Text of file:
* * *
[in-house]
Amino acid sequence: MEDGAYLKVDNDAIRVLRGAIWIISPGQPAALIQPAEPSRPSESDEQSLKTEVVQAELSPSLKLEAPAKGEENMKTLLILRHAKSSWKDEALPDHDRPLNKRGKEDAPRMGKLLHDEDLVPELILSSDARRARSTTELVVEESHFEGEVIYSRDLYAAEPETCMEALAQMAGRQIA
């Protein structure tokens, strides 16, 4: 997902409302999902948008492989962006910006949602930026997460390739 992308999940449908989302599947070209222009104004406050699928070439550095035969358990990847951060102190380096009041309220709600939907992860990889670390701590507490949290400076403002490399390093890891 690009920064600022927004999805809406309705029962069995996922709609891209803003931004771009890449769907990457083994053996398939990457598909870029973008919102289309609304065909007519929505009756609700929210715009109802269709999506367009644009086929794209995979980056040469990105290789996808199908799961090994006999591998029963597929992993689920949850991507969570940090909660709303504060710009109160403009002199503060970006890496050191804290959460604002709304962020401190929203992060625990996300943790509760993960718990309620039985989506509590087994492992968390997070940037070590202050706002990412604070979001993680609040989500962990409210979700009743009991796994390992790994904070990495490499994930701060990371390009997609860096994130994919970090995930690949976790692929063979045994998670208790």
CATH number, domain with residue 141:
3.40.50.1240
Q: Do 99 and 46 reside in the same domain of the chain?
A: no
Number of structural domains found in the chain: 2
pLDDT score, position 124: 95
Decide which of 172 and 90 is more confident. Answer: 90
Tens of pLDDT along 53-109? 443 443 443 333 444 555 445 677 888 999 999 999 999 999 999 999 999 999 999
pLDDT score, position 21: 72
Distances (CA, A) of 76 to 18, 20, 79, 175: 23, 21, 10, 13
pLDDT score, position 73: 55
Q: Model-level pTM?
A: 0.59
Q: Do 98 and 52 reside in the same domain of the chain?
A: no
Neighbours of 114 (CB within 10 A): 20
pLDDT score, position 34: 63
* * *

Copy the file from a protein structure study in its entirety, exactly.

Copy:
[in-house]
Amino acid sequence: MEDGAYLKVDNDAIRVLRGAIWIISPGQPAALIQPAEPSRPSESDEQSLKTEVVQAELSPSLKLEAPAKGEENMKTLLILRHAKSSWKDEALPDHDRPLNKRGKEDAPRMGKLLHDEDLVPELILSSDARRARSTTELVVEESHFEGEVIYSRDLYAAEPETCMEALAQMAGRQIA
């Protein structure tokens, strides 16, 4: 997902409302999902948008492989962006910006949602930026997460390739 992308999940449908989302599947070209222009104004406050699928070439550095035969358990990847951060102190380096009041309220709600939907992860990889670390701590507490949290400076403002490399390093890891 690009920064600022927004999805809406309705029962069995996922709609891209803003931004771009890449769907990457083994053996398939990457598909870029973008919102289309609304065909007519929505009756609700929210715009109802269709999506367009644009086929794209995979980056040469990105290789996808199908799961090994006999591998029963597929992993689920949850991507969570940090909660709303504060710009109160403009002199503060970006890496050191804290959460604002709304962020401190929203992060625990996300943790509760993960718990309620039985989506509590087994492992968390997070940037070590202050706002990412604070979001993680609040989500962990409210979700009743009991796994390992790994904070990495490499994930701060990371390009997609860096994130994919970090995930690949976790692929063979045994998670208790």
CATH number, domain with residue 141:
3.40.50.1240
Q: Do 99 and 46 reside in the same domain of the chain?
A: no
Number of structural domains found in the chain: 2
pLDDT score, position 124: 95
Decide which of 172 and 90 is more confident. Answer: 90
Tens of pLDDT along 53-109? 443 443 443 333 444 555 445 677 888 999 999 999 999 999 999 999 999 999 999
pLDDT score, position 21: 72
Distances (CA, A) of 76 to 18, 20, 79, 175: 23, 21, 10, 13
pLDDT score, position 73: 55
Q: Model-level pTM?
A: 0.59
Q: Do 98 and 52 reside in the same domain of the chain?
A: no
Neighbours of 114 (CB within 10 A): 20
pLDDT score, position 34: 63